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Direct Public Offerings: Benefits and Drawbacks

Aug 17, 2007
The direct public offering offers a relatively unique form of financing that is just beginning to catch on with business owners and individual investors.

In a direct public offering, a business issues registered shares without the full expense of an initial public offering. Since direct public offerings are issued through officers and directors, there are no underwriters. Shares are marketed directly to parties that might have an interest in the company, and the buyers often include customers, distributors, or employees.

For companies that aren't yet large enough to benefit from an initial public offering, a direct public offering can be an appealing alternative. Many consider the biggest advantage of a direct public offering to be the fact that capital raised doesn't have to be paid back. Corporations can give up a share of the company in exchange for the funds it needs. Often, those funds are obtained with far less dilution than what could have been expected with a venture capital firm.

In some instances, a company may find it easier to raise money through a direct public offering than through traditional debt financing like a bank loan. This is especially true of high-risk businesses that involve little physical capital that could be used as collateral. A direct public offering allows the corporation to market itself to those who are more capable of understanding and bearing the risk.

Since investors have long been tormented by stories of those who invested early in successful companies, the sale of a direct public offering can be relatively easy if the right audience is located. Once that happens, the business may even receive extra assistance in the form of contacts and encouragement from investors. That strong interest in the success of the company can be an excellent off-the-books asset. Even the efforts of prospecting for investors can be beneficial to the company. The campaign for funding can double as advertising, making a new audience aware of the company and its services.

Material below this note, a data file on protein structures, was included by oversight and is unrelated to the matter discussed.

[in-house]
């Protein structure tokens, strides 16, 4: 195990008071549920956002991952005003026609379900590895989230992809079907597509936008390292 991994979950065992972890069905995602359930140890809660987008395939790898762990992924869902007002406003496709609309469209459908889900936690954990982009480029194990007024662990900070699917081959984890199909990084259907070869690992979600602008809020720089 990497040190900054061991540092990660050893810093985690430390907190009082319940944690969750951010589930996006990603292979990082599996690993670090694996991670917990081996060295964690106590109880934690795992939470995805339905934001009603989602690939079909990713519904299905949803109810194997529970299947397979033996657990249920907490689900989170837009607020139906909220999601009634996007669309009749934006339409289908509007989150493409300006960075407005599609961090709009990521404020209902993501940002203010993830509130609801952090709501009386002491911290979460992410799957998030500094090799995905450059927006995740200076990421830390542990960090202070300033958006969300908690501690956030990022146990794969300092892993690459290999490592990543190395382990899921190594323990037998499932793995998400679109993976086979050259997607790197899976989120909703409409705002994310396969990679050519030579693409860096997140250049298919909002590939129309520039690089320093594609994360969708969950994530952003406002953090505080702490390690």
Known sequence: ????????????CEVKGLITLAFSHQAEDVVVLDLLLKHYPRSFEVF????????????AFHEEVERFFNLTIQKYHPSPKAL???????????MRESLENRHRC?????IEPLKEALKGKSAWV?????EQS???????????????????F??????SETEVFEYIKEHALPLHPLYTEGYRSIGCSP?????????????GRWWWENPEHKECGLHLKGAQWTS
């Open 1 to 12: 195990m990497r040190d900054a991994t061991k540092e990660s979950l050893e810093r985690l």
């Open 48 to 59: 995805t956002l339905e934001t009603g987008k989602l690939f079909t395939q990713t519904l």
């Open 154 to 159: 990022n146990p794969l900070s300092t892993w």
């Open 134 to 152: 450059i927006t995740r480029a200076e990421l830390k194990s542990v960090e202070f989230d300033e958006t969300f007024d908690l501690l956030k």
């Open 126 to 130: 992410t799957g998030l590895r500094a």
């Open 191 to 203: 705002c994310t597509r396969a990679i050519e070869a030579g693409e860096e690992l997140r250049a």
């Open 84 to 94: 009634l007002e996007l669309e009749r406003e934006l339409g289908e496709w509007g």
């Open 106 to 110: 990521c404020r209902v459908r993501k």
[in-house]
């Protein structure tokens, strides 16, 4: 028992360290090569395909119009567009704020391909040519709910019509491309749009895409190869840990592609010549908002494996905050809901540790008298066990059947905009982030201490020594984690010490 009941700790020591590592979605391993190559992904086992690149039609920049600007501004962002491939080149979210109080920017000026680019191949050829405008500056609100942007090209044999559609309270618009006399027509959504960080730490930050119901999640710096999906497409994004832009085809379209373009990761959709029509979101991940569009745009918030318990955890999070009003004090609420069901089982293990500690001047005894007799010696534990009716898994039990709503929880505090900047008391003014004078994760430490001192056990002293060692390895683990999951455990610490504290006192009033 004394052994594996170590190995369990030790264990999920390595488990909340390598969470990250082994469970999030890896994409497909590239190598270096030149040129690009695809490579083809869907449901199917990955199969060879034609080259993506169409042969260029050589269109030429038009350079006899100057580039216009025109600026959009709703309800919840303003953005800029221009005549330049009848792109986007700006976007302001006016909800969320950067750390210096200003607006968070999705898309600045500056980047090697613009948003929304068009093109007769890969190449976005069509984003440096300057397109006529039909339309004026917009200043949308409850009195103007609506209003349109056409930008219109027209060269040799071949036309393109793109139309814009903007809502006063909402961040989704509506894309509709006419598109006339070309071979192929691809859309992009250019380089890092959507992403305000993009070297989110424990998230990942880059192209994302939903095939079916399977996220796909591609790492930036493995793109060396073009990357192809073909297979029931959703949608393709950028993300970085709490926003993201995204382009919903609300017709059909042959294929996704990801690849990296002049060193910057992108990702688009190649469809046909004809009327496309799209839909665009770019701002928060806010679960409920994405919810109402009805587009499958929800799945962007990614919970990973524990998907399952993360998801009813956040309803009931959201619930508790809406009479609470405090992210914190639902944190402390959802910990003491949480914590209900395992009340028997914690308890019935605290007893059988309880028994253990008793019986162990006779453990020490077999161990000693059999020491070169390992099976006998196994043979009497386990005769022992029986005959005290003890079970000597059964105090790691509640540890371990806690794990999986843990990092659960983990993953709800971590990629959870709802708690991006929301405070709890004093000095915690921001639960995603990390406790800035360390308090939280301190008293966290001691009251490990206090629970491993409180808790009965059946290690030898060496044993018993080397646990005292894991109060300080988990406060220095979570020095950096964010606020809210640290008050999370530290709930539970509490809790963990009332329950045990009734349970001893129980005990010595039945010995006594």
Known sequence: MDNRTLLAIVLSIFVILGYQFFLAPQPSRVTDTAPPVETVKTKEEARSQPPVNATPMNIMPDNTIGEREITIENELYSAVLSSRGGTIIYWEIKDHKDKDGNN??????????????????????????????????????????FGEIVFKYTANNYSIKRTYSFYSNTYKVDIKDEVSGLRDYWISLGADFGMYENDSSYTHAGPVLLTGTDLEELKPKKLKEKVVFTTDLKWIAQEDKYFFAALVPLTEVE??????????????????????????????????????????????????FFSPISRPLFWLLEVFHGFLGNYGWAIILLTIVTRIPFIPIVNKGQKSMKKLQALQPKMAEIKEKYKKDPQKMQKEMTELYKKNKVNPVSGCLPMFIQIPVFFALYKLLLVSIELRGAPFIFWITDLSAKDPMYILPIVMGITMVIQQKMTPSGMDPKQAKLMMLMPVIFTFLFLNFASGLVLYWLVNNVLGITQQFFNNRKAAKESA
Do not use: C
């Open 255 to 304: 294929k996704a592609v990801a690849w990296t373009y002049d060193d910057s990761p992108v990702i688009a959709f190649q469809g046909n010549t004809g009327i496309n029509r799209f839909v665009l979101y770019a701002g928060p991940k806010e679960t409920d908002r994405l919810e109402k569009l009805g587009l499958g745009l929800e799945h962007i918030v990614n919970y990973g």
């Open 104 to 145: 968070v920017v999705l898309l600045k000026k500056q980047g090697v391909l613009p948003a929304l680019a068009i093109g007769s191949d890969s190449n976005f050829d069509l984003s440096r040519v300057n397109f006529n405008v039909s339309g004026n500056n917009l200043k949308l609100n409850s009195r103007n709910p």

Despite the clear benefits, a direct public offering has several drawbacks. The process is not simple, and involves a great deal of information gathering to prepare a registration statement to file with the SEC. Similar to an initial public offering, a direct public offering can divert the attention of employees for many months. A company that is a short-staffed might find itself in a state of chaos when it is most important to make a good impression, unless it hires a professional consulting firm to help them.

The process of preparing for a direct public offering is less expensive than an initial public offering with an underwriter, but not by much. Instead of spending money on underwriter's commissions, some of that money will need to be diverted to marketing efforts. Since there is no underwriter, there is no one else to help sell the offering. While some corporations may seek out the assistance of an investment bank, this adds another expense to the process.

If a direct public offering remains appealing after carefully considering the benefits and drawbacks, it's a good idea to consult with a knowledgeable and experienced consulting firm, accountant or lawyer that is well-versed in securities laws. A number of more conventional funding methods may be more appropriate in any given scenario, so a professional can serve as a guide in the process.
About the Author
Joel Arberman is the Managing Member of Public Financial Services, LLC. We help private companies through the process of becoming publicly traded via an initial public offering or direct public offering. Learn more at www.PublicFinancial.com
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